And Jesus said to him, “‘If you can’! All things are possible for one who believes.”
– Mark 9:23
When one enters an Episcopal parish, one of the first things that is noticeable is an altar and usually a cross above it or near it. In Roman Catholicism, it is traditional to have a crucifix (cross with the body of Jesus). These things remind us that Jesus was slain by means of crucifixion for our sins. Good Friday is the day that this event known as the Passion takes place.
Good Friday remembers the passion of Christ and the last events of His mortal life before He was sacrificed for us. It is an emotional day as every word that is heard brings us closer to Christ. One can almost feel what Christ felt. A man who knew no sin has died in your stead. But it is a day of sadness but it is also a day of rejoicing because St.Paul reminds us that there can be no forigveness of sins without the shedding of blood.
On Good Friday, the Passion Gospel is read and then meditations follow that are about the last events of the life of Jesus. Each event brings us further into the story and further to our ultimate redemption.
In Leviticus 16, we read of a lamb that is slain for all of the sins of Israel. The High Priest makes atonement for their sins through this sacrifice. Good Friday makes us remember that Jesus was both the High Priest and the lamb who would be slain. He had to die for our sins in order to reconcile us to God just as Aaron, the High Preist, did for the children of Israel. Please join the Church Catholic at your local parish for this ultimate service in remembrance that Christ died for you!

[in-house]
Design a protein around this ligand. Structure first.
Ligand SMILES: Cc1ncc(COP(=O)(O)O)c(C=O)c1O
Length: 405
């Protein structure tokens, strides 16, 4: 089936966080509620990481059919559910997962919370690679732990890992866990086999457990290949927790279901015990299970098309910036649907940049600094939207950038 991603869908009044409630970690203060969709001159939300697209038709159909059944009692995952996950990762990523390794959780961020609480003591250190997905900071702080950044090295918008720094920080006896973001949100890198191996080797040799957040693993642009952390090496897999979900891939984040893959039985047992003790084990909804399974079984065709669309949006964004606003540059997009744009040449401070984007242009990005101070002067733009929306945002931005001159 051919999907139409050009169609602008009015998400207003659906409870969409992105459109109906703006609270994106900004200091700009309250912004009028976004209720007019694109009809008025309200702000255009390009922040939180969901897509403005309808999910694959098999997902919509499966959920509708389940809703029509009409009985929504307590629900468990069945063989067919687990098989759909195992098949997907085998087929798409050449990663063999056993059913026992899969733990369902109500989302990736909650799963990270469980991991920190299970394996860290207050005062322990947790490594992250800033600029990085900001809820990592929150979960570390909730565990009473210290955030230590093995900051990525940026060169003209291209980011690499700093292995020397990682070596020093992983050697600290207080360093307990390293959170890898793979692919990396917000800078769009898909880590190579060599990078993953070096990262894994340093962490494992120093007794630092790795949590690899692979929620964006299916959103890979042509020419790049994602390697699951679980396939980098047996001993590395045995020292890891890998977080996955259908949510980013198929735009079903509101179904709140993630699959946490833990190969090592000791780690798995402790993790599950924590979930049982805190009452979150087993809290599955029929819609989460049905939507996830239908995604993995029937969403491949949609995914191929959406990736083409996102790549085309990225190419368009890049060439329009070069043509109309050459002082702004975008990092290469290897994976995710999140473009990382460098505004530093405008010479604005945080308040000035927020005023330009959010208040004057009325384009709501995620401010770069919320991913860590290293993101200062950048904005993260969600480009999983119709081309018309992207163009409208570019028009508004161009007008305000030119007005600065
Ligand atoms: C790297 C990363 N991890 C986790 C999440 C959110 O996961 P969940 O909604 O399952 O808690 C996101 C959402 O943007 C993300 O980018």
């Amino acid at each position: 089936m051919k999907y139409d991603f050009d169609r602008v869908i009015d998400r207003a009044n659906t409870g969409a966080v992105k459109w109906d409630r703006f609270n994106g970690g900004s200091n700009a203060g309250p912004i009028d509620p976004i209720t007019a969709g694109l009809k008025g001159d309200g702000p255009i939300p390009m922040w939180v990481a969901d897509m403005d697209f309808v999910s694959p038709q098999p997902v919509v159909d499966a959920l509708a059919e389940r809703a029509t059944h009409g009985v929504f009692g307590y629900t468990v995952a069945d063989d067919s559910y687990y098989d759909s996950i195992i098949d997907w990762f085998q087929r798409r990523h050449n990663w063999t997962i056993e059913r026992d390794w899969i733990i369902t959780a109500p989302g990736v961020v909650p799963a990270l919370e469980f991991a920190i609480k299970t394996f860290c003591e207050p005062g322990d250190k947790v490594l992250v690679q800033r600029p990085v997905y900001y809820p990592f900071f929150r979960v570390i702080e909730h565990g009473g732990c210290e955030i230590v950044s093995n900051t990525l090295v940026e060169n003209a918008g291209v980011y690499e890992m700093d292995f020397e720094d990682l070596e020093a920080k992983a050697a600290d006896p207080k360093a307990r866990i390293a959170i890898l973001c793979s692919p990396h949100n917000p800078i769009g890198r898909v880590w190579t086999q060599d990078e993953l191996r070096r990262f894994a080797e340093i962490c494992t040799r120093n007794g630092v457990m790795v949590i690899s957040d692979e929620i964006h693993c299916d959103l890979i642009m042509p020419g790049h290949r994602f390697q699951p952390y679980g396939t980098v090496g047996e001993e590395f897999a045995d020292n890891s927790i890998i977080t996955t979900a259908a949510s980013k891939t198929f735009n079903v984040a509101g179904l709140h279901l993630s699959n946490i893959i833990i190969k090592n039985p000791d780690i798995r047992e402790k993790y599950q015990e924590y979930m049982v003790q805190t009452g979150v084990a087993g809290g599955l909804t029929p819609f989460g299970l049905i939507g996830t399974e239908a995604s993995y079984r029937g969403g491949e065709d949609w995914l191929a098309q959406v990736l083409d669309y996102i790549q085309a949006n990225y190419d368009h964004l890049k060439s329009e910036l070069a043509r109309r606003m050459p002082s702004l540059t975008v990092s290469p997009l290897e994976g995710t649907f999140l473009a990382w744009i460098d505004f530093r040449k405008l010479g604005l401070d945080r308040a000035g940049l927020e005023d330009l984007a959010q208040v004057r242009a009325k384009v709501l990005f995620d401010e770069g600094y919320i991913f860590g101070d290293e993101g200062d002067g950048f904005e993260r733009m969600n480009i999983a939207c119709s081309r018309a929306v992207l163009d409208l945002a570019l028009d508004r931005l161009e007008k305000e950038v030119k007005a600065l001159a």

During the Eucharistic Rite, the celebrant lifts up the priest host (bread) and speaks of the night before. What happened during this most important night? The answer is Maundy Thursday.
Maundy Thursday commemorates the Last Supper where Jesus washed the fert of his disciples, broke bread with them and then resigned himself to the Garden of Gethsemane and prays the famous high preistly prayer in John 17.
What do we do? We do these same events on this night. The clergy wash the feet of the congregation and they do this in humility. Jesus was the King of Kings, yet He washed feet as if he were just a servant. It is a reminder to us all that we are here to serve and not to be served. Then, we celebrate the Eucharist. This is extremely powerful because we are actually doing it on the same night that Jesus instituted this sacrament. Then, the altar is stripped. Jesus is going to be given up to be sacrificed for us.
Please come celebrate in a local parish and remember that Christ gave up His life for you.
“Say to Daughter Zion, ‘See, your king comes to you, gentle and riding on a donkey, and on a colt, the foal of a donkey.’”
Palm Sunday is the Sunday before Easter celebrating Jesus’ triumphant arrival in to Jerusalem mentioned in gospels (Mathew 21:1-11, Mark 11:1-11a, Luke 19:29-40). The observance of Palm Sunday in Jerusalem was witnessed by the pilgrim Egeria in about 381-384. During this observance there was a procession of people down the Mount of Olives into Jerusalem. The people waved branches off palms or olive trees as they walked. Shouting the antiphon, “Blessed is he who comes in the name of the Lord!” The Palm Sunday observance was generally accepted throughout the church by the twelfth century. In the 1979 BCP on page 270 the day is known as “Sunday of the Pashion: Palm Sunday”, services for this Sunday start with blessings of palms followed by a procession into the church.
Some symbolisms observed from the gospels include Jesus riding on a donkey not a horse which can be seen to signify an animal of pace and not of war, others include the use of Palm branches as a symbol of victory, triumph, peace and eternal life.
What Does it Mark?
When Jesus entered Jerusalem, the whole city was stirred and asked, “Who is this?” 11 The crowds answered, “This is Jesus, the prophet from Nazareth in Galilee.”